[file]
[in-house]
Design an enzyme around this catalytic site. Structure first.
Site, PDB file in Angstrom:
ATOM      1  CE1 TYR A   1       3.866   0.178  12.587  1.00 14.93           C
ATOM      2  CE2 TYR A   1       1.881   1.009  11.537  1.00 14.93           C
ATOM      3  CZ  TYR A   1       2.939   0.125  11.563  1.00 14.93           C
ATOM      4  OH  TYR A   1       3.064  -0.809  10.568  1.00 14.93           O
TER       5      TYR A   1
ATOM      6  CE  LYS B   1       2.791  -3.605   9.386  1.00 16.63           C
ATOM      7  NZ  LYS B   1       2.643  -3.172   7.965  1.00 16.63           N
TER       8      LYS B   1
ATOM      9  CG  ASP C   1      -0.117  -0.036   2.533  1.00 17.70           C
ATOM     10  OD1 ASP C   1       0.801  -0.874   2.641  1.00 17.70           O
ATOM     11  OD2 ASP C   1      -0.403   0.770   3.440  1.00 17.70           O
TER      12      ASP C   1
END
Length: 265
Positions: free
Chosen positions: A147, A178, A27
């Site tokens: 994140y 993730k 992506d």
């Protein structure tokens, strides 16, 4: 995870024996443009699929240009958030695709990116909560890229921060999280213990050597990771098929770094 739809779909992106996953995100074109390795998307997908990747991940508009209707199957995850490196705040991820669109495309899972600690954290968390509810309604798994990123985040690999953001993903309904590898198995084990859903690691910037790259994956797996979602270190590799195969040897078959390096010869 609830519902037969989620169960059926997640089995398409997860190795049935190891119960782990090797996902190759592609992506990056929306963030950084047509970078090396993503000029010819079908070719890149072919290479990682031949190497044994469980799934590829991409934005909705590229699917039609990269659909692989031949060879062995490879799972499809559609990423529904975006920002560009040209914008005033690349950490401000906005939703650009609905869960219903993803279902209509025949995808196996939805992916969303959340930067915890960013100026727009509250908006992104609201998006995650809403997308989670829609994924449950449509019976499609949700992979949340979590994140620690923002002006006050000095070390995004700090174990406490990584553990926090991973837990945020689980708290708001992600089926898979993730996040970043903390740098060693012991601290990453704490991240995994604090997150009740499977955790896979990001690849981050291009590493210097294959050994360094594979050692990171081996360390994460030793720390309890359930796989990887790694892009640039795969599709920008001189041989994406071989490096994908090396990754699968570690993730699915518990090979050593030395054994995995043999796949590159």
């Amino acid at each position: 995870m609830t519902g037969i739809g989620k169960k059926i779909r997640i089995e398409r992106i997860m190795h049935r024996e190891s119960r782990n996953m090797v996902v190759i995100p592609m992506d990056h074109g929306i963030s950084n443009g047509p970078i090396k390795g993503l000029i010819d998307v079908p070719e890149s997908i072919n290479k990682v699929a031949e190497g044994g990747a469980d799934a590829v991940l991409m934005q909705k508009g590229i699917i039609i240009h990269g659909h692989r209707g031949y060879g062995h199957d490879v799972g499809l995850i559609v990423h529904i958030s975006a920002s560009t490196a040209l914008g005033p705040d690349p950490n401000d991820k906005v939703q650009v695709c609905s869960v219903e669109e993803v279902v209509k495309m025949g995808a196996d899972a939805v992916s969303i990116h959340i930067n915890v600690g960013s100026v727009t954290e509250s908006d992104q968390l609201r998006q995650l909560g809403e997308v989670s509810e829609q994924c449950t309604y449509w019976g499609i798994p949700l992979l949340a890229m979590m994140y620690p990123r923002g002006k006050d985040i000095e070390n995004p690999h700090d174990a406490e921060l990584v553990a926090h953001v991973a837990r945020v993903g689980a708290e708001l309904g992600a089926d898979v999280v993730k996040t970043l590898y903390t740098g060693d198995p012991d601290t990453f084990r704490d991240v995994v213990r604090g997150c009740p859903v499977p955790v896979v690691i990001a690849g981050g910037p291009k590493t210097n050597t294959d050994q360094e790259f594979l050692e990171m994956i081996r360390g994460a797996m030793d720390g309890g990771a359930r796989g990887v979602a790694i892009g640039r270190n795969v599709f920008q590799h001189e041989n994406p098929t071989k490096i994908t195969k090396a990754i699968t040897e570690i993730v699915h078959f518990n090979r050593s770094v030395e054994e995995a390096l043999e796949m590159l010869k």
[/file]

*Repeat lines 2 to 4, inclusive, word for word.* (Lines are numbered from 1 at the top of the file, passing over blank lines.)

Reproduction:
Design an enzyme around this catalytic site. Structure first.
Site, PDB file in Angstrom:
ATOM      1  CE1 TYR A   1       3.866   0.178  12.587  1.00 14.93           C